Continued on probation: Your status can be “continued on probation” if you have not yet taken the six semester hours allotted for your return to good academic standing. If your overall GPA remains below 3.0 beyond the six-hour period or the deadlines above, your program can send a documented request for continued probation to the associate provost for research and graduate studies.

Deadline for returning to good standing: You must return to good academic standing as soon as possible. Follow these guidelines:

  • A student placed on probation after the fall term should return to good standing no later than the end of the following fall term, or within six credit hours, whichever comes first.
  • A student placed on probation after the spring term should return to good standing no later than the end of the following spring term, or within six credit hours, whichever comes first.
  • A student placed on probation after the summer term should return to good standing no later than the end of the following spring term, or within six credit hours, whichever comes first.

Suspension: If you fail to return to good standing within the guideline described above, you will not be allowed to register again before meeting with your academic advisor.

See the College of Pharmacy’s information for probation guidelines for its students.

Academic Suspension

Once you have been suspended, these are the possible outcomes:

  • Reinstatement: Reinstatement after suspension is possible but requires several steps to assure that you will return to good academic standing. This is the process:
    1. Meet with your academic advisor and develop a plan to get your GPA to an overall 3.0 or to oterwise remove low grades, within the guidelines described above. Your plan may include such strategies as retaking, substituting or excluding a course (described above) from your GPA.
    2. Submit your plan, with a recommendation from your program or department, to the associate provost for research and graduate studies. If you have been suspended for the current term and are attempting to enroll immediately, your advisor should alert that office to that fact, so a quick decision can be made, if possible. Normally such reinstatement requests are decided by the Graduate Council's Executive Committee and reviewed by the Graduate Council.  Both committees meet monthly during fall and spring terms.
    3. If your plan is approved, you will be allowed to register.
  • if your plan is not approved at the Graduate Council or your program denies your request for reinstatement, you will dismissed from your program.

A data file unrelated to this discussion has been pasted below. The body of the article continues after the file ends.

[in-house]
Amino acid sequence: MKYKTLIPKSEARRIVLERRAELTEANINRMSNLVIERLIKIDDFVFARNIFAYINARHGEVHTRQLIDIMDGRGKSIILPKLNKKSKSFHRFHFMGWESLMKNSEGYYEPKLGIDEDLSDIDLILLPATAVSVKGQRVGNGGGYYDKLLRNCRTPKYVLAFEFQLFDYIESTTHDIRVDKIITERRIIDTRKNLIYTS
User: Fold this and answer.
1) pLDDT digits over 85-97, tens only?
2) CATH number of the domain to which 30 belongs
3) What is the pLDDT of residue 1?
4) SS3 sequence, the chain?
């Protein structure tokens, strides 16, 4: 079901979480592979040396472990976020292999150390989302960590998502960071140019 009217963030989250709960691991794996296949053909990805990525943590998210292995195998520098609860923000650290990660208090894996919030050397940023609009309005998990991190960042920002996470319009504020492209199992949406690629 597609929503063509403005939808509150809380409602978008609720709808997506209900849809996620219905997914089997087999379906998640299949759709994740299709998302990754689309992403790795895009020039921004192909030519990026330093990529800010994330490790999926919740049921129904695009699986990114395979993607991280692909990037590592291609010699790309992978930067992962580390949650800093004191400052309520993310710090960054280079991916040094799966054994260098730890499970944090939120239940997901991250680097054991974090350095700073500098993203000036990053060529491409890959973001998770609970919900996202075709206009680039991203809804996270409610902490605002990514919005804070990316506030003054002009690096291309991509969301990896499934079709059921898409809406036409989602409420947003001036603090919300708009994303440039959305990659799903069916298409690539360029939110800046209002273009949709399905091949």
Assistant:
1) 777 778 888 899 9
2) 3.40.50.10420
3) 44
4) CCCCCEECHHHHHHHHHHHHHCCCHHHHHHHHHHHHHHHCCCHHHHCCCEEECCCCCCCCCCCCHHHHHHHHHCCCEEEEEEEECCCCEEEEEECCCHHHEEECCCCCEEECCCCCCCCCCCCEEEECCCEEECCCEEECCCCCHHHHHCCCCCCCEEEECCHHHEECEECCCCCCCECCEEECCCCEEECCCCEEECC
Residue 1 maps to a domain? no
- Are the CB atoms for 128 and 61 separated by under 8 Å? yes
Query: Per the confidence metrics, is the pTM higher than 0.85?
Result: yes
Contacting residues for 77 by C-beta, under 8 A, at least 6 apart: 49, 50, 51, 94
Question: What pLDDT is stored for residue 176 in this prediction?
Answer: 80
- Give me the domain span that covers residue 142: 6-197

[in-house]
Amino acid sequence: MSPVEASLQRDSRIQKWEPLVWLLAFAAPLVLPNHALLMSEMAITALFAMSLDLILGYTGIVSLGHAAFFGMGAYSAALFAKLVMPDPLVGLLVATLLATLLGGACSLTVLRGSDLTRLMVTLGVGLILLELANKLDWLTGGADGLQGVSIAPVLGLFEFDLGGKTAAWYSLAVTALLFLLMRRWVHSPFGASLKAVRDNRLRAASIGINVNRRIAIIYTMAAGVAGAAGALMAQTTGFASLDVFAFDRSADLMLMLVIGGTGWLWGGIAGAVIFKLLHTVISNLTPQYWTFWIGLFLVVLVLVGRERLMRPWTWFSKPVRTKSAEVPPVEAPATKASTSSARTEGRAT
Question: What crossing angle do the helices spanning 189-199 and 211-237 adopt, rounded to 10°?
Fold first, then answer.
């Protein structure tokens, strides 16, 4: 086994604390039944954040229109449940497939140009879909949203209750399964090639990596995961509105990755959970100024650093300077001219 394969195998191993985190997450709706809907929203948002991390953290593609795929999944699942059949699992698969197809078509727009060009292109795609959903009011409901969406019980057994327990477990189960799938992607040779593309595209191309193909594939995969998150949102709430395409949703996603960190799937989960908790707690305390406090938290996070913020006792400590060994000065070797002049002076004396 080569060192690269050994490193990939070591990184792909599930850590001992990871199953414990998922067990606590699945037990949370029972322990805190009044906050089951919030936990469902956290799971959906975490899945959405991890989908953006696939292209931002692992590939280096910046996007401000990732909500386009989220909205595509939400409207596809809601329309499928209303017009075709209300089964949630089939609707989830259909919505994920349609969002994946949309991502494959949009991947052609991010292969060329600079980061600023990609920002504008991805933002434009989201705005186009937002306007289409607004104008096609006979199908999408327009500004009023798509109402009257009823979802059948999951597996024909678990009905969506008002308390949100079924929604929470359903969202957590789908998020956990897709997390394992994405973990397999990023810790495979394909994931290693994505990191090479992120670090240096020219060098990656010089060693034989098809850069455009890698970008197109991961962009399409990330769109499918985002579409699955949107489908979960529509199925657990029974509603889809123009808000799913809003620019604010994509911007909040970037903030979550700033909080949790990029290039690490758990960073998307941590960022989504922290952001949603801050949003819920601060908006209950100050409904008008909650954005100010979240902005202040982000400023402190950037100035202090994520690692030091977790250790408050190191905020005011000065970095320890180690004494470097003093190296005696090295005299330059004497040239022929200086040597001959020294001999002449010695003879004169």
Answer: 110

Academic Dismissal

Dismissal is the final step in the academic standing process. Suspended students who fail to present an acceptable plan for returning to good standing or fail to earn adequate grades to return to good standing will be dismissed from the graduate program. Studentsw whose graduate programs deny their request for reinstatement also will be dismissed. A student who is dismissed will not be allowed to register for further graduate courses.

In addition, a student may be dismissed immediately, without probation, under these circumstances:

Dismissal for a second probation: Students placed on probation for a second time may be dismissed immediately.

Dismissal for D and F grades: Students receiving two or more grades of D+, D, D- or F in one semester or in two consecutive semesters face immediate dismissal, without first being placed on probation.

Dismissal for academic reasons other than grades: If the program in which a student is enrolled determines that the student has failed to meet dispositional or other standards required in the field, the program may recommend dismissal.

Good Academic Standing: doctoral students

GPA: In doctoral programs, a students whose GPA falls below 3.25 will be placed on probation.

Grades below B-: Doctoral programs allow only three semester hours of grades lower than B- to be applied toward the degree.

Time limit on using courses toward degree: In the College of Arts and Sciences, credit cannot be used toward the degree for courses taken more than seven years prior to entry into the program.

Completion of the doctoral program

In the College of Arts and Sciences, comkpletion of all components of the program, including the pre-doctoral internship and the doctoral project, may take no more than 10 years. Students who have not completed the program within 10 years will be dismissed. Students' progress will be evaluated at the seven-year point; if progress has not been adequate, students may be dismissed from the program.

In the College of Education, the time between admission and completing the dissertation may be no more than eight years. There is no readmission to the program after eight years.

Other policies and procedures for master's degree students also apply to doctoral students.